Therefore, much “motivation” is actually sophisticated manipulation designed to help the manager, leader, or coach “succeed” and appear better in some manner.
But such manipulation is unnecessary. Human beings are inherently motivated. No one ever starts a new job intending to be a disgruntled, disengaged employee.
That is something that happens to him or her over time. It is a sign of systemic failure. This failure could be in selection, training, supervision, company culture or a host of other factors in combination.
I’m not saying that meeting your numbers is unimportant. But I am saying that a genuine leader looks at the persons who follow him or her and asks, “Is the person reporting to me flourishing? Are they developing as a human being?”
That is what a leader looks like.
So when a true inspiring leader is talking to their subordinate, they are not doing so from the perspective of, “Well, I’ve got to get the subordinate to do what I want him to do.”
They’re coming to it with the perspective of, “I want my team members to have the same vision that I have. Because when they have the same vision that I have, their lives will greatly improve. And I want their lives to improve. I want them to feel inspired. I want them to feel drawn to their work and excited about their projects.”
And in order to accomplish that, it is your job as a leader to communicate that intention.
Communicating the vision and your intentions
You can communicate this by conveying to your team members that they not really doing this for you or for the company. They are doing this for themselves. When they do the best possible job they can, they feel good and fulfilled. And it is their life that improves.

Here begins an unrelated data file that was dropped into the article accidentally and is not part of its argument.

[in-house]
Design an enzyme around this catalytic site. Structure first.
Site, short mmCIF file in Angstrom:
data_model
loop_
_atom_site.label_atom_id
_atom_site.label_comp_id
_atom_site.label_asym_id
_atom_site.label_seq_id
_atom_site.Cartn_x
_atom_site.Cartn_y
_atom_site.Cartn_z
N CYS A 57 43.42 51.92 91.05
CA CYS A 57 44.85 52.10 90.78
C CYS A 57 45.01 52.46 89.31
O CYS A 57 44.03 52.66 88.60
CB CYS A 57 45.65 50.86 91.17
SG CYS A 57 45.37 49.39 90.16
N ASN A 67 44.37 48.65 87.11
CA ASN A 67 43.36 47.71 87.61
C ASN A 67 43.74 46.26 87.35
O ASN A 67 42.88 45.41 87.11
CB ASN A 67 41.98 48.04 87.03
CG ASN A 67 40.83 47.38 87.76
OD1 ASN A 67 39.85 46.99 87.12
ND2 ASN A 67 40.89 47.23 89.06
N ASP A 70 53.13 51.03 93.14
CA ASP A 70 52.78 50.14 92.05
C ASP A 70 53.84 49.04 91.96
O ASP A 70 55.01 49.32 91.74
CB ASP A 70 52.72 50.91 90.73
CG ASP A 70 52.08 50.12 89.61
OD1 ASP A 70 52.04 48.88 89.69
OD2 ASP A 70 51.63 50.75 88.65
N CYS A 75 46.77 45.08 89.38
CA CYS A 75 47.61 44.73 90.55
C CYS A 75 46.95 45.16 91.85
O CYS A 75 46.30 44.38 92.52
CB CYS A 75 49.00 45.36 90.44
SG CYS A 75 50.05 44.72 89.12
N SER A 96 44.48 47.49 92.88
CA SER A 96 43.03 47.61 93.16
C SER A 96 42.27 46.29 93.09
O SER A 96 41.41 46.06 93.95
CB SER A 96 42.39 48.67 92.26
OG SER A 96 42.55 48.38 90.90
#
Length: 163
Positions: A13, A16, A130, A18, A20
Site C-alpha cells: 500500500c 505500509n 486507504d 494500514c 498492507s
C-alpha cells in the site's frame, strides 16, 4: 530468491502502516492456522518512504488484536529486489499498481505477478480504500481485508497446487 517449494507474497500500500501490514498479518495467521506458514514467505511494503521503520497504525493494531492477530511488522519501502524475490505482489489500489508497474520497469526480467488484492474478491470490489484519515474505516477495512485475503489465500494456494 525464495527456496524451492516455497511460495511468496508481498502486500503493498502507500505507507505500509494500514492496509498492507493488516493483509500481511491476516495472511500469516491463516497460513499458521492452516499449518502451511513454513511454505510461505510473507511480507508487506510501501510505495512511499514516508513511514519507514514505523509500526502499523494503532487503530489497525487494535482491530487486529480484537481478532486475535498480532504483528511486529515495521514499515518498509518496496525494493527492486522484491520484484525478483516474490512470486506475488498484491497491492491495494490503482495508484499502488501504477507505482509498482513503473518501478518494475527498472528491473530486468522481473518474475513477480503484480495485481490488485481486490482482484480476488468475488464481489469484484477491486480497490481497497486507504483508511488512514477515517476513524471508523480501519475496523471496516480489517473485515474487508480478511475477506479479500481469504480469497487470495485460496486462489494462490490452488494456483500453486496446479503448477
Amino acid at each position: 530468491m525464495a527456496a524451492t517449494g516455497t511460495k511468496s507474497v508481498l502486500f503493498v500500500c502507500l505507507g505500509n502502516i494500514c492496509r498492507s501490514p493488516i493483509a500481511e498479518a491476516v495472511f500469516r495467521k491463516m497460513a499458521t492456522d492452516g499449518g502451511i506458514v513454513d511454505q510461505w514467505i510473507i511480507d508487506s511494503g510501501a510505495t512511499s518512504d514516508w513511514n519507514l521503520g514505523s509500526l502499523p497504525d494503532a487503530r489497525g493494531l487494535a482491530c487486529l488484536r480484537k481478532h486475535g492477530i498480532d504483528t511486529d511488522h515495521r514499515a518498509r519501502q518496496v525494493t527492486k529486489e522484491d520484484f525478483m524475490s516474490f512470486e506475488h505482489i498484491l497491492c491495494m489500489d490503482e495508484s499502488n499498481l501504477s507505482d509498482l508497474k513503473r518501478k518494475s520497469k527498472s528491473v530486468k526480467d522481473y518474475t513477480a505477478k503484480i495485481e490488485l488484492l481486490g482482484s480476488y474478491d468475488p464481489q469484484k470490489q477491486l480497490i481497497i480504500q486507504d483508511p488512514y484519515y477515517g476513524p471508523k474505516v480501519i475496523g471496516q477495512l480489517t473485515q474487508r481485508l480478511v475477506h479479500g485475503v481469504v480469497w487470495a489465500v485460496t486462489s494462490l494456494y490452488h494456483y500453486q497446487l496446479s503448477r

Care about those who report to you and let them know that you do. Ask each member of your team, “What is one thing I can do to make your life better?” Promise them that you will consider each request carefully and implement it if you can. If you cannot, you will explain why and ask them to pick another thing they would like you to do.
Such questions promote trust, develop relationships, and encourage your team members to care about the work and your vision.
The Function Of The Leader
In an age where a lot of people who want to be leaders are chasing shiny objects — that title, that following, that corner office — they’ve forgotten what it means to be a leader. Being a leader means holding onto the principles, the values that help you serve your community.
They’ve forgotten that the function of the leader is to serve.
Robert K. Greenleaf coined the phrase servant leader in an essay titled, “The Servant as a Leader.” In it, he postulated that the leader is not there for personal aggrandizement.
The leader is not there to get a bigger paycheck, a corner office with more windows, or their name splashed across all of the papers.
The leader is there to be of service to the people. These people then become followers.
That is crucial.
You can see this principle embodied in a military policy: the officers eat last, after all of the enlisted men have eaten.
Yes, this ideal is not always matched in organizations across the world.
Yes, you might have seen your own leaders fall short.
But to any person reading this article: You should aim to be of service to the people who are following you.
Your job is to align the structures, the processes, and the procedures to enable your team members or followers to serve the grand vision that you have come up with and that you, yourself, are anchored in.
When you do that, the people who report to you do that, and the people who report to them do that, you end up creating a cascading chain of leadership to accomplish your vision.
That is a sign of inspiring leadership.